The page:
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10 of the best sports films to watch on Netflix

With the Coronavirus outbreak causing people to stay in doors, catching up with great movies and documentaries is one recommended way to kill the time.

A documentary on Katie Taylor makes our list.
A documentary on Katie Taylor makes our list.
Image: Gary Carr/INPHO

N.B. In no particular order

1. Maradona in Mexico

Director: Angus Macqueen

Premise: An intimate look at the year Argentine football legend Diego Maradona spent as manager of Mexican side Dorados de Sinaloa.

Rotten Tomatoes rating: n/a

Sample review: “These films explore real-life Diego: fervent, complex, charming, impassioned, sentimental and endearingly unhinged. For someone – which I am – who watched Maradona every other Sunday in Naples for two years, drop-jawed, it’s this footage from Mexico that achieves riveting insight, eyeball-to-eyeball.” – The Guardian.

2. The Fighter

Director: David O Russell

Premise: The story of ‘Irish’ Micky Ward, a junior welterweight champion, with the film documenting his remarkable rise in spite of a turbulent life away from the ring.

Rotten Tomatoes rating: 91%

Sample review: “The Fighter is, if not a champion film for all time, a very good, poignant, and commendable expression of its era-postindustrial working-class urban America, bereft of history as it is bereft of jobs, strong unions, pride in one’s work.” The New York Review of Books

3. Icarus

Director: Bryan Fogel

Premise: A documentary on how easy it is to break anti-doping rules in cycling suddenly becomes a far bigger story, involving an alleged systematic doping programme in Russia.

Rotten Tomatoes rating: 94%

Sample review: ”If you want insight into cheating in sports and the complicated reasons why it happens over and over, Icarus will open your eyes as never before. It is essential viewing for anyone interested in athletics or competitive sports of any type.” The Globe and Mail

4. High Flying Bird

Director: Steven Soderbergh

Premise: A drama based on the 2011 NBA lockout, portraying the figures on both sides attempting to solve this sporting crisis and highlighting the long-term impact the saga has had on professional basketball.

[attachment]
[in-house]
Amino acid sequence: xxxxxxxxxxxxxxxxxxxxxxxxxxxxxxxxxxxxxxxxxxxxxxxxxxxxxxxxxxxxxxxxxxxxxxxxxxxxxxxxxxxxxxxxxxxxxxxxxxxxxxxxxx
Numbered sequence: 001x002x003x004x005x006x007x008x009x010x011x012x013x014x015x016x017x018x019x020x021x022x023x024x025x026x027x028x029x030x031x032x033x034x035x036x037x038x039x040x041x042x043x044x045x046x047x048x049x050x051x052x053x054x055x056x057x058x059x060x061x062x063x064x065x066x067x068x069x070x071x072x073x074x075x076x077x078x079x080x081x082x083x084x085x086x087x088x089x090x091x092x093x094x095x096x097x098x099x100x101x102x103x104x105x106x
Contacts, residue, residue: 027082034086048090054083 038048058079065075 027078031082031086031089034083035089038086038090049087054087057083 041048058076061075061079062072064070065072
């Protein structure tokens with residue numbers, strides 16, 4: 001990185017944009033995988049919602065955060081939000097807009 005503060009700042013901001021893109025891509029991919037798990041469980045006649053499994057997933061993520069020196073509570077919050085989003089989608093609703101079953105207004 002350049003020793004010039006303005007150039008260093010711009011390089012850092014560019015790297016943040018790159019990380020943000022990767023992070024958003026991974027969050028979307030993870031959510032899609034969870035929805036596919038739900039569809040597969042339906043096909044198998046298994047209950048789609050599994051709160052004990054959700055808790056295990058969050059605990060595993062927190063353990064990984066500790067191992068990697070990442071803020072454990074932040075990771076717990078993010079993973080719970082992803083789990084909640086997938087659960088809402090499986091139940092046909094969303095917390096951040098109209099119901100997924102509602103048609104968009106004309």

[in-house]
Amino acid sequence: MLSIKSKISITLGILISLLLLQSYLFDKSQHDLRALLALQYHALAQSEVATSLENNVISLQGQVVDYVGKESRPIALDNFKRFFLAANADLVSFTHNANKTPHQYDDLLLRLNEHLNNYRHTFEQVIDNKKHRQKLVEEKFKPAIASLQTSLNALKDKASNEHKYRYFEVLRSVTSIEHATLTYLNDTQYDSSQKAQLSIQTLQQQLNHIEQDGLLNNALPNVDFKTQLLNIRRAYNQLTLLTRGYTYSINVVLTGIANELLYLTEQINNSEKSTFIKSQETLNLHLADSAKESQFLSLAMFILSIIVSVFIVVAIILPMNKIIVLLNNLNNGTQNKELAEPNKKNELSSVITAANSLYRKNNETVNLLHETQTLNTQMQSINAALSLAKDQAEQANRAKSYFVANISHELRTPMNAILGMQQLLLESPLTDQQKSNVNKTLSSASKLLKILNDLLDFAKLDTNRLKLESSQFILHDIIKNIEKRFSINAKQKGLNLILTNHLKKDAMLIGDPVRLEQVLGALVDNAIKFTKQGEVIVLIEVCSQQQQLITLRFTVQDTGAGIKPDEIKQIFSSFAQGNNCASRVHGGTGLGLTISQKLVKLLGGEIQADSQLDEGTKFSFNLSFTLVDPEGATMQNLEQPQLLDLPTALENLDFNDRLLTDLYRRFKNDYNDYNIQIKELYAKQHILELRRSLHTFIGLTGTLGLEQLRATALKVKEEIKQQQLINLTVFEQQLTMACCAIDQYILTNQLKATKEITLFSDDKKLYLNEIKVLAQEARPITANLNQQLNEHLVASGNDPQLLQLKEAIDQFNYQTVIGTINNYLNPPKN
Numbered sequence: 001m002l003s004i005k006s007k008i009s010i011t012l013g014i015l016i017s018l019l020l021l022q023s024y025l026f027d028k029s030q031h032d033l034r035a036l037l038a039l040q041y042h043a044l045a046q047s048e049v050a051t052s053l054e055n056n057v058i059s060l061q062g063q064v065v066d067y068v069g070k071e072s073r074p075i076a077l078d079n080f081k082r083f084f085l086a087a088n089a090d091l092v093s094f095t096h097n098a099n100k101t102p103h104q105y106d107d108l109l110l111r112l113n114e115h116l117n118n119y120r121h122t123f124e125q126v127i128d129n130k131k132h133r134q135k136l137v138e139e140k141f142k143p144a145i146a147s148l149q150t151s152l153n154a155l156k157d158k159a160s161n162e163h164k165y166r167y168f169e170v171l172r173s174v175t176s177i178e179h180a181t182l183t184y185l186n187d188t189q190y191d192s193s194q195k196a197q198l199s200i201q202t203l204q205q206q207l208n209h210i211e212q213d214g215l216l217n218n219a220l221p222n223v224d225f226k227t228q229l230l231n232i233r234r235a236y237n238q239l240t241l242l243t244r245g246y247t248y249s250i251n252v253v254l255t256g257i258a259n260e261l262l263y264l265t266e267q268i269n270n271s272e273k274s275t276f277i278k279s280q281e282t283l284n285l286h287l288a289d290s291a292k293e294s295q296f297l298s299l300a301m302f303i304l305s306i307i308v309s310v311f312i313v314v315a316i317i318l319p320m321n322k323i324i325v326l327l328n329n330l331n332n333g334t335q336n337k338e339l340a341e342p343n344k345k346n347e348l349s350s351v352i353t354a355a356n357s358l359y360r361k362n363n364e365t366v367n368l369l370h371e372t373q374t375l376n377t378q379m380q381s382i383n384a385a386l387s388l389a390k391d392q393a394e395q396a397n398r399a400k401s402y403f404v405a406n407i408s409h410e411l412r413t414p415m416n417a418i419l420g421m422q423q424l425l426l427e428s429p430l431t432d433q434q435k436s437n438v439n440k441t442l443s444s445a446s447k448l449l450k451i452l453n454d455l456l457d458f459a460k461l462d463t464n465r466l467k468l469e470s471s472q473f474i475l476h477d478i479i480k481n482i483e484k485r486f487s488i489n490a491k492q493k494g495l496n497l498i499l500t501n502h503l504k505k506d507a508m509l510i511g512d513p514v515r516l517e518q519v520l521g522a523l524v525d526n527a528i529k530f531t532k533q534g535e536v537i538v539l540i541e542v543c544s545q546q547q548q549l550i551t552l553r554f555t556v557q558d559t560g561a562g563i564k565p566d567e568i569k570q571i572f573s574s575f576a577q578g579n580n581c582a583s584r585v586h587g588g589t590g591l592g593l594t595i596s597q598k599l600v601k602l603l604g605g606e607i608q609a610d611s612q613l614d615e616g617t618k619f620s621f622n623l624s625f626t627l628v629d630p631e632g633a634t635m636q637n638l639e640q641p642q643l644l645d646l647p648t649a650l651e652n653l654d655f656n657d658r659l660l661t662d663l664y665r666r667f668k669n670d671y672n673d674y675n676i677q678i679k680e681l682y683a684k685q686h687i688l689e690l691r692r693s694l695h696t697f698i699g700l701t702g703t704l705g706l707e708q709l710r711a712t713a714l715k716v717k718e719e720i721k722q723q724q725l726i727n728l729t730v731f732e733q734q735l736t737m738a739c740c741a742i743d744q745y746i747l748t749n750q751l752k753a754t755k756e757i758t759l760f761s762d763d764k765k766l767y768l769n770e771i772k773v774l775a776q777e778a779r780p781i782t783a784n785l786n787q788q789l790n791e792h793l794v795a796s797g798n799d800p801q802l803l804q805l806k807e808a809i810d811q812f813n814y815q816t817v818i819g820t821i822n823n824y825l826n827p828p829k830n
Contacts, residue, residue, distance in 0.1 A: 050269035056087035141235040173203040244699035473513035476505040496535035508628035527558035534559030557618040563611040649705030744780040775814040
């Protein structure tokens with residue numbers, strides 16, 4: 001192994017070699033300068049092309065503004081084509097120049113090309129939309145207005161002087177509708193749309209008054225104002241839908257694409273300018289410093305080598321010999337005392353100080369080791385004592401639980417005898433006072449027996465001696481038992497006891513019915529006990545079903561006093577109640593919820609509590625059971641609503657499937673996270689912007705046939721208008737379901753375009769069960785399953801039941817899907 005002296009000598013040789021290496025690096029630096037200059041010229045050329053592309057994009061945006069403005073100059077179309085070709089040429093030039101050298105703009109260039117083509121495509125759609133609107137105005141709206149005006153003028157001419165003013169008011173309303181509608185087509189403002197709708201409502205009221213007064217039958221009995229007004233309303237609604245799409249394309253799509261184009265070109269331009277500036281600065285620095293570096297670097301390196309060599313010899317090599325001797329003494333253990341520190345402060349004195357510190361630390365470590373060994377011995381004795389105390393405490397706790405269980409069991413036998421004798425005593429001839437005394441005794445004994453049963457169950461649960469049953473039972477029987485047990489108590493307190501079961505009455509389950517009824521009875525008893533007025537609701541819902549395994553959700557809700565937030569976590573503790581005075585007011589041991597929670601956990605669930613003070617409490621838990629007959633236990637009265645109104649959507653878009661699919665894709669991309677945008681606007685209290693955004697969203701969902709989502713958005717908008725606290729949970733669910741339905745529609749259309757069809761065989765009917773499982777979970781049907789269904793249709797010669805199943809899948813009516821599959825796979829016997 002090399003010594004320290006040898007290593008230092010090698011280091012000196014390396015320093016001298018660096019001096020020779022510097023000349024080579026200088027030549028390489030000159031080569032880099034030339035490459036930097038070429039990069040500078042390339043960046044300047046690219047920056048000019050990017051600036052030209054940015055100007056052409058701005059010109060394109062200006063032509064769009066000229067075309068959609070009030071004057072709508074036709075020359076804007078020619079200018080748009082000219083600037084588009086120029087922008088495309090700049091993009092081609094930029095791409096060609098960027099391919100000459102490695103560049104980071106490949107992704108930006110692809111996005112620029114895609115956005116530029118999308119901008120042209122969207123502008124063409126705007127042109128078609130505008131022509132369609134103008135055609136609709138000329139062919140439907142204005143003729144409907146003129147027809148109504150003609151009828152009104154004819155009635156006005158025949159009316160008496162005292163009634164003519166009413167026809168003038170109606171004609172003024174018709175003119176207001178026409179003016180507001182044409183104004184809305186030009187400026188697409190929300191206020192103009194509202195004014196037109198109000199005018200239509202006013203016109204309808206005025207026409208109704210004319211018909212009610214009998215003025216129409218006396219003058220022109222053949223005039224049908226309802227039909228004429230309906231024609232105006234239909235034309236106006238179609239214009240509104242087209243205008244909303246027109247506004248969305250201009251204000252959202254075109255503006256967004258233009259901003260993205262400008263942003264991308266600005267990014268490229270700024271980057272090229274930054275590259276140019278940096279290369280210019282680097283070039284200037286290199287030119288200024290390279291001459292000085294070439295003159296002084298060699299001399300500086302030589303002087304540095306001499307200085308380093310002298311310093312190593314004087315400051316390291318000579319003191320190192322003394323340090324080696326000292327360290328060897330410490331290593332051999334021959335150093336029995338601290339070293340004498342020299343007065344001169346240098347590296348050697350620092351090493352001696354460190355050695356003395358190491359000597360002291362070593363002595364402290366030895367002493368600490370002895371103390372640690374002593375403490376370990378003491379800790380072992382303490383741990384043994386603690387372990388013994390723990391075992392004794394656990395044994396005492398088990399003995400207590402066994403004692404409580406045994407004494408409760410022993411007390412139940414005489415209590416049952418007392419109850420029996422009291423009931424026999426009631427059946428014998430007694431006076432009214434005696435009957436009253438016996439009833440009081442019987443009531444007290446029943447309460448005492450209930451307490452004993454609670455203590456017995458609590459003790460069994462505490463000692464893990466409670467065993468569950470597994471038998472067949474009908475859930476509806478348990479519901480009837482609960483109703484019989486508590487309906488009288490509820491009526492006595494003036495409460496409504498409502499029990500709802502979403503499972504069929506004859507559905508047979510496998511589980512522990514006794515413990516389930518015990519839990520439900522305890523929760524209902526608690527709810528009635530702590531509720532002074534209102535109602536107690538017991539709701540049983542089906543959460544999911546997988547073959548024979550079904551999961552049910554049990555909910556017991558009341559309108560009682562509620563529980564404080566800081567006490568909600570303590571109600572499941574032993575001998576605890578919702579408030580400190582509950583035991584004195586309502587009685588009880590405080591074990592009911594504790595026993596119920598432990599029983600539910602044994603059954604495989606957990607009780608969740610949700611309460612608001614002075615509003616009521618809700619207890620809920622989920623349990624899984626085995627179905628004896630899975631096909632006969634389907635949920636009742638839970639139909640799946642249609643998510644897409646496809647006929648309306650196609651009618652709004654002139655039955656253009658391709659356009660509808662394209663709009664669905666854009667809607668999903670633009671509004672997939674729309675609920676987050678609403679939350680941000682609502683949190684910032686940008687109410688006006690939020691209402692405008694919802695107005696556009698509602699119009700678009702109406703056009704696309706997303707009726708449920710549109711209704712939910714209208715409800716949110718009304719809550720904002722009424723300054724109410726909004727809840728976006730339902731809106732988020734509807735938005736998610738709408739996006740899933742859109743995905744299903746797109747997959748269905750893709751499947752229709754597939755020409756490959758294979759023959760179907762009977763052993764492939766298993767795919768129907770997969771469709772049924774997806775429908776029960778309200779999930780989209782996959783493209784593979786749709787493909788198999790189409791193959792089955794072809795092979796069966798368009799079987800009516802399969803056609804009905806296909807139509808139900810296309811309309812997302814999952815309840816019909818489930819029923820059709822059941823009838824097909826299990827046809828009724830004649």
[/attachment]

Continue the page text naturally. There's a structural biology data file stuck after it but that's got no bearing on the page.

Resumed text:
Rotten Tomatoes rating: 93%

Sample review: “The actors here, particularly Holland, speak with a relish Soderbergh usually saves for his heist capers. And though much lighter on the action, High Flying Bird still has the pace and feel of one.” Vanity Fair

5. Katie

Director: Ross Whitaker

Premise: A captivating look at the rise of the young Taylor who emerged from an era in which women’s boxing was banned in Ireland, as she defied sexist attitudes along the way and ultimately becoming a sporting icon.

Rotten Tomatoes rating: 100%

Sample review: “Buffed with stirring fight sequences, the picture stands as a polite argument for the greatness of a figure almost everyone already loves.” Irish Times

6. Moneyball

Director: Bennett Miller

Premise: A well-executed adaptation of Michael Lewis’ non-fiction best seller, the story of how the general manager of the Oakland Athletics turned a struggling side with a lack of resources into a revolutionary baseball team.

Rotten Tomatoes rating: 94%

Sample review: “Consistently exciting and highly intelligent, as you might expect from a script by Steve Zaillian, who wrote Schindler’s List, and Aaron Sorkin, who created The West Wing and won an Oscar for The Social Network.” The Observer

7. Sunderland ‘Til I Die

Director: Various

Premise: A comprehensive and insightful multi-part documentary looking at Sunderland’s ill-fated 2017-18 season, highlighting how the club’s campaign began with heady optimism and soon turned gloomy, while documenting the people affected along the way.

Rotten Tomatoes rating: 100%

Sample review: “Maybe the best thing ‘Til I Die does is center the experience of people who love a club whose modern history has been largely defined by crisis, dysfunction, and imminent misery.” The Ringer

8. Rush

Director: Ron Howard

Premise: A movie based on the real-life story of the intense and bitter rivalry between Formula One legends James Hunt and Niki Lauda, with no shortage of twists and turns — literally and figuratively — along the way.

Rotten Tomatoes rating: 88%

Sample review: “If you don’t already know the story of that season, lucky you; even now, it exerts a ridiculous thrill.” The New Yorker

9. Killer Inside: The Mind of Aaron Hernandez

Director: Geno McDermott 

Premise: The tragic story of former NFL star Aaron Hernandez — how he went from fan favourite to convicted killer and the underlying issues that contributed to his dramatic descent.

Rotten Tomatoes rating: 73%

Sample review: “Killer Inside” puts a finer point on how living in the closet could have contributed to Hernandez’s volatile mental state… But perhaps more captivatingly, “Killer Inside” takes an objective look at chronic traumatic encephalopathy (CTE).” Salon.com

10. Friday Night Lights

Director: Peter Berg

Premise: Based on the acclaimed book by Buzz Bissinger, the movie follows a high-school football team in the Texas city of Odessa, documenting their attempts to win the state championship and the various challenges they must overcome on and off the field.

Rotten Tomatoes rating: 81%

Sample review: “The best sports movie for years, as it’s not about sport at all. Forget fears of jingoistic grandstanding, this is an un-American all-American tale that deserves attention.” Empire Magazine

Let us know some of your favourite sports films in the comment section below.

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